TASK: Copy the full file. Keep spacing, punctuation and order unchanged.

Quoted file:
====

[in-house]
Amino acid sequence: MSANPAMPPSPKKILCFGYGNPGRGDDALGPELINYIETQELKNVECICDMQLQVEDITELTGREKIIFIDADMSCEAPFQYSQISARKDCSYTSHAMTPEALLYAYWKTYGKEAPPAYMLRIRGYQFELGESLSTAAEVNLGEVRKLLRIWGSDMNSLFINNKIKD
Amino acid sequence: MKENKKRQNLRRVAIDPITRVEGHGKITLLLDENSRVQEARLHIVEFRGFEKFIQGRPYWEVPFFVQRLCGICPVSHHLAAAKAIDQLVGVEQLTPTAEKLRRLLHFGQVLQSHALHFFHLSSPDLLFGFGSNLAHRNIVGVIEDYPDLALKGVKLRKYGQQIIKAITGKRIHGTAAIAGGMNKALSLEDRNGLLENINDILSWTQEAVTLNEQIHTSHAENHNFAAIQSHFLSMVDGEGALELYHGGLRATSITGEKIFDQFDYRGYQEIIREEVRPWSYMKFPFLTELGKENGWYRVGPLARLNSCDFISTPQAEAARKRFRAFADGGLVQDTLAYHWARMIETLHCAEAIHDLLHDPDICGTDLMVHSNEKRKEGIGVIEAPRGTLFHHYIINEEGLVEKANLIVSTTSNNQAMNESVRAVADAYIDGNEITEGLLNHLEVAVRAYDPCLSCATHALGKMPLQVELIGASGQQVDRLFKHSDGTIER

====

[in-house]
Amino acid sequence: MSANPAMPPSPKKILCFGYGNPGRGDDALGPELINYIETQELKNVECICDMQLQVEDITELTGREKIIFIDADMSCEAPFQYSQISARKDCSYTSHAMTPEALLYAYWKTYGKEAPPAYMLRIRGYQFELGESLSTAAEVNLGEVRKLLRIWGSDMNSLFINNKIKD
Amino acid sequence: MKENKKRQNLRRVAIDPITRVEGHGKITLLLDENSRVQEARLHIVEFRGFEKFIQGRPYWEVPFFVQRLCGICPVSHHLAAAKAIDQLVGVEQLTPTAEKLRRLLHFGQVLQSHALHFFHLSSPDLLFGFGSNLAHRNIVGVIEDYPDLALKGVKLRKYGQQIIKAITGKRIHGTAAIAGGMNKALSLEDRNGLLENINDILSWTQEAVTLNEQIHTSHAENHNFAAIQSHFLSMVDGEGALELYHGGLRATSITGEKIFDQFDYRGYQEIIREEVRPWSYMKFPFLTELGKENGWYRVGPLARLNSCDFISTPQAEAARKRFRAFADGGLVQDTLAYHWARMIETLHCAEAIHDLLHDPDICGTDLMVHSNEKRKEGIGVIEAPRGTLFHHYIINEEGLVEKANLIVSTTSNNQAMNESVRAVADAYIDGNEITEGLLNHLEVAVRAYDPCLSCATHALGKMPLQVELIGASGQQVDRLFKHSDGTIER